Thai Fish Curry

Diabetic Thai Curry

After all the traditional Christmas fare, followed by some relatively unrestrained gorging of pizza, pasta, risotto and ice cream during our trip to Rome, it has been time to get back to healthy eating. I am currently craving spice and so have been serving up a variety of curries since our return. Of course, in the good old (bad old) days we would have indulged the spicy appetite by reaching for the takeaway menus. But it is no longer a viable option with a diabetic in our midst and all of us wanting to shed the odd pound or two after our festive feasting.

This is my take on a Thai curry, but is really more of a stir fry which I serve with whole wheat noodles rather than the oh so nice, but way too naughty, sticky rice. When comparing whole wheat noodles, white noodles and sticky rice, there is very little in it on the calorie and sugar fronts. However, a 50g portion of Blue Dragon whole wheat noodles contains 2.9g fibre, versus 1.3g for the white varieties and 0.4g for a typical jasmine rice, which scores a very high 99 on the GI scale.

It is another of my cheats, though a hand whizzer with a blender attachment means that making your own spice paste is not hard. I prefer to spend the time used to measure and blend a paste, to chop plenty of veggies to go in the dish. I always use a reduced fat coconut milk to keep the calories and saturated fats under control, as to get a good sauce you will need 200ml of coconut milk per person. 200ml of a full fat variety will add 320 calories to the meal and a whopping 30g of saturated fats, as compared to 160 calories and 10.6g in a reduced fat equivalent. Gulp……takeaway Thai really should really be avoided.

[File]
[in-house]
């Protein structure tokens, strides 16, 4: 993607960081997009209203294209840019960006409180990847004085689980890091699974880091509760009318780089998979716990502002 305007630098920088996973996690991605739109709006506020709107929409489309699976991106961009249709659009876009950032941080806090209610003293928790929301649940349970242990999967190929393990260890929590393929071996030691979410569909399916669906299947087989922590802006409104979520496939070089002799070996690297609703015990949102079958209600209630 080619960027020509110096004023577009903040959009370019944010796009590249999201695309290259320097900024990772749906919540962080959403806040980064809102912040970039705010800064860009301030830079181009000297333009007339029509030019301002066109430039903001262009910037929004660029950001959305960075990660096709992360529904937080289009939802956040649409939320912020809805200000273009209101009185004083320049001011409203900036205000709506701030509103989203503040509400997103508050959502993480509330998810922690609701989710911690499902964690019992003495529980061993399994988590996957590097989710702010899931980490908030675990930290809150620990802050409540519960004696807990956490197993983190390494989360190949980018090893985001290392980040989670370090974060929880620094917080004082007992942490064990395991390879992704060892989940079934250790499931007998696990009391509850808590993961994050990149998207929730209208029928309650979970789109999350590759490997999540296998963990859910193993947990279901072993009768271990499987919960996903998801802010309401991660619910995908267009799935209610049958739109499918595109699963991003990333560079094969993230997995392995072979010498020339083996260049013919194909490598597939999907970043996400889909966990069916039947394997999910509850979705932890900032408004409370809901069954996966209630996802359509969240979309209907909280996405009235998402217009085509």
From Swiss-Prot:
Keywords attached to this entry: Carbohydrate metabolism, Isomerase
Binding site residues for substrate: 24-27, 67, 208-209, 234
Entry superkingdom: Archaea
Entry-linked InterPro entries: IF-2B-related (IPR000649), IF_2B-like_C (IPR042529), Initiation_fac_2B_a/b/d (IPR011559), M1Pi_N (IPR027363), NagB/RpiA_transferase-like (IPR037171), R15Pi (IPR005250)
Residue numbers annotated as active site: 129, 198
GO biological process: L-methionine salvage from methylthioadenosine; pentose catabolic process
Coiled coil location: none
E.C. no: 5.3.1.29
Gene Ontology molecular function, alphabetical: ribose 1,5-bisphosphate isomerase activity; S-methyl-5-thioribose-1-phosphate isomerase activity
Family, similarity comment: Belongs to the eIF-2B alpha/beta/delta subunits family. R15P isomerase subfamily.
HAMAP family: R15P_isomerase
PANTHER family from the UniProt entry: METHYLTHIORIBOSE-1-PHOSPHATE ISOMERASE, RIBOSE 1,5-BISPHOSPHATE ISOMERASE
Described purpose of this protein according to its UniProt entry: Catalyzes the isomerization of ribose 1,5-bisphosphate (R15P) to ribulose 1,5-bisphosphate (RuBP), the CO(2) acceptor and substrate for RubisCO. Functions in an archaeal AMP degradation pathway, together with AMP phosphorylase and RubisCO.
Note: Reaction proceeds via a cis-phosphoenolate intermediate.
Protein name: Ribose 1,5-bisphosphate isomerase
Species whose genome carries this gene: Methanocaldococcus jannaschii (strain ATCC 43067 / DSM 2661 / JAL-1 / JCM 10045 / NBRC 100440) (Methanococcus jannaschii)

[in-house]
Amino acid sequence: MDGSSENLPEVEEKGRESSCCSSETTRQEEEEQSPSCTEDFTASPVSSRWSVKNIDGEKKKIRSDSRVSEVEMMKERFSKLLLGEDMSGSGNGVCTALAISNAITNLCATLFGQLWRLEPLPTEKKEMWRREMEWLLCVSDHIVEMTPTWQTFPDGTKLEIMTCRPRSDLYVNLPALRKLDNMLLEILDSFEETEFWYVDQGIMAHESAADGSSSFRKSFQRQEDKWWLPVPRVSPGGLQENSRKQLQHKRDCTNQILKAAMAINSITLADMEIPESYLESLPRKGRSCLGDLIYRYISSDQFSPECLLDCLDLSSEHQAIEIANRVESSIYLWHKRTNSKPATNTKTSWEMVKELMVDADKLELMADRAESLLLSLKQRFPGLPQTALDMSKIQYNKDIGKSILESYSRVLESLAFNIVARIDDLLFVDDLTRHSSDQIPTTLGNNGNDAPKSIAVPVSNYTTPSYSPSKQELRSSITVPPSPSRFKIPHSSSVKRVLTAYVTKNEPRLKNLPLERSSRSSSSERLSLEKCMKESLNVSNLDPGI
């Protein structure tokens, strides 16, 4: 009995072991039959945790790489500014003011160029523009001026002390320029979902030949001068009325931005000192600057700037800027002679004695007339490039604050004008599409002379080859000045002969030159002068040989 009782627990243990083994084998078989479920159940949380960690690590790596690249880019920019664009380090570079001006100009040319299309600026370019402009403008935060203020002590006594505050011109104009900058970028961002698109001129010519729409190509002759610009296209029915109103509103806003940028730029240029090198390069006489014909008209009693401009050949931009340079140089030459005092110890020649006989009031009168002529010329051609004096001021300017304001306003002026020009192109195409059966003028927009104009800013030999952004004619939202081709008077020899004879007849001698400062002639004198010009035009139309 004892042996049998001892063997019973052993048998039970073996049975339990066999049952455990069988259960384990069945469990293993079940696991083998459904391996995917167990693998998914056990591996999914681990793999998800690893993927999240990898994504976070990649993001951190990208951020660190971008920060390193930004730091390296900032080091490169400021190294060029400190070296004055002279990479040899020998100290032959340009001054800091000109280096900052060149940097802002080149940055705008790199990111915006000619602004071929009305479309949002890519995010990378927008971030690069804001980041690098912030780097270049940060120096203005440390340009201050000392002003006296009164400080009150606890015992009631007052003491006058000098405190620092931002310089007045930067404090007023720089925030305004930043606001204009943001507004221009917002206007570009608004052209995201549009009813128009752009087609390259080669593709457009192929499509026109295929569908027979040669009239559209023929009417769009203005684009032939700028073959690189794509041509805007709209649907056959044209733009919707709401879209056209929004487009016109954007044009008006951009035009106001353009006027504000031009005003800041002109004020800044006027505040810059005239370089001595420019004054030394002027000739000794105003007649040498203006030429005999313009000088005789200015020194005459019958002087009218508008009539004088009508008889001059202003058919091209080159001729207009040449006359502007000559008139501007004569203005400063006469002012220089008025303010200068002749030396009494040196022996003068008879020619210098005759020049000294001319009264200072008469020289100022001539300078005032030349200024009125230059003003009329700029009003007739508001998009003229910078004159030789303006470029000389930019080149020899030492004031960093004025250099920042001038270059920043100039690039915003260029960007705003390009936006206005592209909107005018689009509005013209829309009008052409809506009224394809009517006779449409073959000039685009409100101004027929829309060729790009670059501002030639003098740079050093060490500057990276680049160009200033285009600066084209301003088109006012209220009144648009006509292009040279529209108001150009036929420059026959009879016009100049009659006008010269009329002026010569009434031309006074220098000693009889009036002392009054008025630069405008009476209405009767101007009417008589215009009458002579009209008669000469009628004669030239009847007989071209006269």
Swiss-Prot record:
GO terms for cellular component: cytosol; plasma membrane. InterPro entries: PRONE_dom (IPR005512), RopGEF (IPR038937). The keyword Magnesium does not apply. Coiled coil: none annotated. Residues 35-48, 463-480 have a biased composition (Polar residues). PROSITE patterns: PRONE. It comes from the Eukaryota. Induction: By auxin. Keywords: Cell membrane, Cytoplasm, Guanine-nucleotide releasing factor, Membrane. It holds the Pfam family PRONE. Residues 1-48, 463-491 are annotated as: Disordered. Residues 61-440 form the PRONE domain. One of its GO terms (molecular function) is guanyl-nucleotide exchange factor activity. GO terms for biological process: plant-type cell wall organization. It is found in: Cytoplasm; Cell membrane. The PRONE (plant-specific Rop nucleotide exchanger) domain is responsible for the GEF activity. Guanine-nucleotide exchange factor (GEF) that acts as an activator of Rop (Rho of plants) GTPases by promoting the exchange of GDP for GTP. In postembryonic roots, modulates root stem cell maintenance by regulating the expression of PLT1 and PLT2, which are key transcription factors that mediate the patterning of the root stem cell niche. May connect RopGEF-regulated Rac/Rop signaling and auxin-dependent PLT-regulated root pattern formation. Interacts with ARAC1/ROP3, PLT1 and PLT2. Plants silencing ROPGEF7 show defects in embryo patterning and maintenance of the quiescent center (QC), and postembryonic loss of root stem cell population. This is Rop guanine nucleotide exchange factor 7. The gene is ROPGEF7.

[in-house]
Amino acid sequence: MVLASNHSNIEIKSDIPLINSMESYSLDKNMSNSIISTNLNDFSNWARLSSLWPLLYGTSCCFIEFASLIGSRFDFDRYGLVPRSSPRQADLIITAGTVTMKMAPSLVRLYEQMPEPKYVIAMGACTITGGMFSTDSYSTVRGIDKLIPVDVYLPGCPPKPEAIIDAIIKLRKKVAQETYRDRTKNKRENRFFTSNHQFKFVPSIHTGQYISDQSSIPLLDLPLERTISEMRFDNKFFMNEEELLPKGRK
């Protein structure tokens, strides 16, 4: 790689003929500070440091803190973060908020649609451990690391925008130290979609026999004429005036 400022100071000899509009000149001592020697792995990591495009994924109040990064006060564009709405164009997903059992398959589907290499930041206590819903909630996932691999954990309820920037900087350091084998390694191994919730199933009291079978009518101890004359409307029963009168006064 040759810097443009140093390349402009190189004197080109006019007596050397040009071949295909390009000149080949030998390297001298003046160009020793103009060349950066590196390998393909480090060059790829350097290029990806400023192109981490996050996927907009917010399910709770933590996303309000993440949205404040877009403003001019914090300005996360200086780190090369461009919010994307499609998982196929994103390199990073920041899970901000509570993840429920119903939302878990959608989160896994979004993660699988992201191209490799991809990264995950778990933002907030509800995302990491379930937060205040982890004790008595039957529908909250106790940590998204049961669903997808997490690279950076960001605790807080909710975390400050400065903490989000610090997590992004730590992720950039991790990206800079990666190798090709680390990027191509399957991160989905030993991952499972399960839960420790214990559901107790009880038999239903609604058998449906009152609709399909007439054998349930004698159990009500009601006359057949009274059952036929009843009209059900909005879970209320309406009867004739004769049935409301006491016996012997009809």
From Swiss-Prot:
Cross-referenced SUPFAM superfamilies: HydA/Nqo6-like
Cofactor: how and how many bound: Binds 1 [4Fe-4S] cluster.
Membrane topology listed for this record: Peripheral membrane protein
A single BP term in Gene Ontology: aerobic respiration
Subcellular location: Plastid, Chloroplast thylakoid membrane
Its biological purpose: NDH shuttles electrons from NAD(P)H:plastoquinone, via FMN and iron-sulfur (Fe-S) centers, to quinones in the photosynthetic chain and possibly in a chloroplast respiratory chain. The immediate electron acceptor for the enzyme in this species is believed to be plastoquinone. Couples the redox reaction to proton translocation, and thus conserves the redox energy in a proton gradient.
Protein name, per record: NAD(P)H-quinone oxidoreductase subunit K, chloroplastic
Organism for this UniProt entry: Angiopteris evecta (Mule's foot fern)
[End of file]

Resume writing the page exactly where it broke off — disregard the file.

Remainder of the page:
As with so many other family meals I usually make two versions and always add plenty of well softened onion, even though it’s not a traditional Thai curry ingredient. I like to use the Blue Dragon jars of concentrated paste. A red Thai curry is milder, and I tend to add plenty of onion and sliced red, orange and yellow peppers, whilst a green version tends to be hotter, and I usually add green peppers, sugar snap peas and green beans. That said, carrots (finely julienned) asparagus and broccoli have all been known to show up in my Thai curries if they are kicking around in the fridge and need using up.

I usually use Quorn or fish (usually a mix of something white and firm, prawns and scallops), which helps to balance the richness and naughtiness of the coconut milk, but chicken breast is fine for you committed carnivores. The following recipe is for a Thai green fish curry, which is our family favoutite.

Thai Fish Curry
Diabetic Thai Curry
Print Recipe
Servings Prep Time
4 people 20 minutes
Cook Time
40 minutes
Servings Prep Time
4 people 20 minutes
Cook Time
40 minutes
Thai Fish Curry
Diabetic Thai Curry
Print Recipe
Servings Prep Time
4 people 20 minutes
Cook Time
40 minutes
Servings Prep Time
4 people 20 minutes
Cook Time
40 minutes
Ingredients
  • 250 grammes haddock or any other white fish
  • 250 grammes scallops
  • 250 grammes king prawns
  • 240 grammes Finely chopped onions
  • 1 large green pepper deseeded and cut into thin strips
  • 200 grammes fine green beans topped and tailed
  • 200 grammes mange tout or sugar snap peas
  • 1-3 tbsp Thai curry paste according to taste
  • 800 ml Reduced fat coconut milk
Instructions
  1. Soften onions and pepper in a few squirts of fry light.
  2. While onions are cooking, prepare veggies and partially cook: I do the green beans for 5 minutes and the mangetout for 2, Drain and refresh in cold water before draining again.
  3. Once onions and pepper are soft add the curry paste and stir for 2 minutes.
  4. Add coconut milk, stir well and leave to simmer for 20 minutes.
  5. Bring a pan of water to the boil and add noodles which should take about 6 minutes to cook - just long enough to cook the fish.
  6. Add the veggies, haddock and scallops to the sauce, cover and cook for 3 minutes.
  7. Add the prawns and cook for a further 3 minutes.
  8. Drain the noodles and serve.
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